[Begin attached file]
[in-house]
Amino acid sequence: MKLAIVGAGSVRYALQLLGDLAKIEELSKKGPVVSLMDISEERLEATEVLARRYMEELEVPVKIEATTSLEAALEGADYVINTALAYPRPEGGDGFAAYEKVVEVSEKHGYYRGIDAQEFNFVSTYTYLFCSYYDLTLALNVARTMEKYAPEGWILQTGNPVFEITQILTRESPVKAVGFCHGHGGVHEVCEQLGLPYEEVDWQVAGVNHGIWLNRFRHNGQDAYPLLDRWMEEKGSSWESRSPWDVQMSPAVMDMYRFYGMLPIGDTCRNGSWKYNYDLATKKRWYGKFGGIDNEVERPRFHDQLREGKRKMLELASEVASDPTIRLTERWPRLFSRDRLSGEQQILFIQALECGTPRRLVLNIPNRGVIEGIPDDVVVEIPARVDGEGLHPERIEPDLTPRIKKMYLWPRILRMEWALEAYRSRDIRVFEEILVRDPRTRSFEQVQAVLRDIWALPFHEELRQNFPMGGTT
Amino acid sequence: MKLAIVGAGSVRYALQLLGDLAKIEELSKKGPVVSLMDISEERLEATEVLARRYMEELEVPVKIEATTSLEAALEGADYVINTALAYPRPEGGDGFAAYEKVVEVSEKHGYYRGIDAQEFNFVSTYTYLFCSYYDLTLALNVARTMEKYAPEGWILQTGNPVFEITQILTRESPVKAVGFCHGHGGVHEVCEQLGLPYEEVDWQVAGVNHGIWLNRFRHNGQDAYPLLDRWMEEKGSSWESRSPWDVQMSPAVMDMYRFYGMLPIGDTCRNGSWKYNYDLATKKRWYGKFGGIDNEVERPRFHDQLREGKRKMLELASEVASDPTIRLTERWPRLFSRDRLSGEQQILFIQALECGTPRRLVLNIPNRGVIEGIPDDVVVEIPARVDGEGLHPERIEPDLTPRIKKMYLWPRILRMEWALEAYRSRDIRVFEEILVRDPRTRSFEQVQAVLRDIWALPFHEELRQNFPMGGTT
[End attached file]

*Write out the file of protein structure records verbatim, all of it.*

[in-house]
Amino acid sequence: MKLAIVGAGSVRYALQLLGDLAKIEELSKKGPVVSLMDISEERLEATEVLARRYMEELEVPVKIEATTSLEAALEGADYVINTALAYPRPEGGDGFAAYEKVVEVSEKHGYYRGIDAQEFNFVSTYTYLFCSYYDLTLALNVARTMEKYAPEGWILQTGNPVFEITQILTRESPVKAVGFCHGHGGVHEVCEQLGLPYEEVDWQVAGVNHGIWLNRFRHNGQDAYPLLDRWMEEKGSSWESRSPWDVQMSPAVMDMYRFYGMLPIGDTCRNGSWKYNYDLATKKRWYGKFGGIDNEVERPRFHDQLREGKRKMLELASEVASDPTIRLTERWPRLFSRDRLSGEQQILFIQALECGTPRRLVLNIPNRGVIEGIPDDVVVEIPARVDGEGLHPERIEPDLTPRIKKMYLWPRILRMEWALEAYRSRDIRVFEEILVRDPRTRSFEQVQAVLRDIWALPFHEELRQNFPMGGTT
Amino acid sequence: MKLAIVGAGSVRYALQLLGDLAKIEELSKKGPVVSLMDISEERLEATEVLARRYMEELEVPVKIEATTSLEAALEGADYVINTALAYPRPEGGDGFAAYEKVVEVSEKHGYYRGIDAQEFNFVSTYTYLFCSYYDLTLALNVARTMEKYAPEGWILQTGNPVFEITQILTRESPVKAVGFCHGHGGVHEVCEQLGLPYEEVDWQVAGVNHGIWLNRFRHNGQDAYPLLDRWMEEKGSSWESRSPWDVQMSPAVMDMYRFYGMLPIGDTCRNGSWKYNYDLATKKRWYGKFGGIDNEVERPRFHDQLREGKRKMLELASEVASDPTIRLTERWPRLFSRDRLSGEQQILFIQALECGTPRRLVLNIPNRGVIEGIPDDVVVEIPARVDGEGLHPERIEPDLTPRIKKMYLWPRILRMEWALEAYRSRDIRVFEEILVRDPRTRSFEQVQAVLRDIWALPFHEELRQNFPMGGTT